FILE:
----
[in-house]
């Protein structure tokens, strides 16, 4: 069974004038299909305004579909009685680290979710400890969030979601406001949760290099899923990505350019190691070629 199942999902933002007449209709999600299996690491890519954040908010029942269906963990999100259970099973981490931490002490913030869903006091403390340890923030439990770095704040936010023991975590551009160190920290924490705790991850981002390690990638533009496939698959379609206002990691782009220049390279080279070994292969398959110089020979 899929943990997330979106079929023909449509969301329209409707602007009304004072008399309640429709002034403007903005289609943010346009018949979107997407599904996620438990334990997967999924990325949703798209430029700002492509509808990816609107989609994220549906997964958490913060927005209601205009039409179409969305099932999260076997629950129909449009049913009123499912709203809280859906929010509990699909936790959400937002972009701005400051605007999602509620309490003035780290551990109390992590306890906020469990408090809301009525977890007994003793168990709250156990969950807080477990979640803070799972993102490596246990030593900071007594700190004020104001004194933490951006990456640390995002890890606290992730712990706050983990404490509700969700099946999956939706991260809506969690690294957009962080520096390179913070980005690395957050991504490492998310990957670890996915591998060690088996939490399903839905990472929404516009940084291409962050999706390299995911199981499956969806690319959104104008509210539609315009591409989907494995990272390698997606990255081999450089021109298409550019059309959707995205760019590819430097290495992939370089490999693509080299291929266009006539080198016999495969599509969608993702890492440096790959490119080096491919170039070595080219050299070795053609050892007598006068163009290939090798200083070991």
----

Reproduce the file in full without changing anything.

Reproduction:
[in-house]
């Protein structure tokens, strides 16, 4: 069974004038299909305004579909009685680290979710400890969030979601406001949760290099899923990505350019190691070629 199942999902933002007449209709999600299996690491890519954040908010029942269906963990999100259970099973981490931490002490913030869903006091403390340890923030439990770095704040936010023991975590551009160190920290924490705790991850981002390690990638533009496939698959379609206002990691782009220049390279080279070994292969398959110089020979 899929943990997330979106079929023909449509969301329209409707602007009304004072008399309640429709002034403007903005289609943010346009018949979107997407599904996620438990334990997967999924990325949703798209430029700002492509509808990816609107989609994220549906997964958490913060927005209601205009039409179409969305099932999260076997629950129909449009049913009123499912709203809280859906929010509990699909936790959400937002972009701005400051605007999602509620309490003035780290551990109390992590306890906020469990408090809301009525977890007994003793168990709250156990969950807080477990979640803070799972993102490596246990030593900071007594700190004020104001004194933490951006990456640390995002890890606290992730712990706050983990404490509700969700099946999956939706991260809506969690690294957009962080520096390179913070980005690395957050991504490492998310990957670890996915591998060690088996939490399903839905990472929404516009940084291409962050999706390299995911199981499956969806690319959104104008509210539609315009591409989907494995990272390698997606990255081999450089021109298409550019059309959707995205760019590819430097290495992939370089490999693509080299291929266009006539080198016999495969599509969608993702890492440096790959490119080096491919170039070595080219050299070795053609050892007598006068163009290939090798200083070991």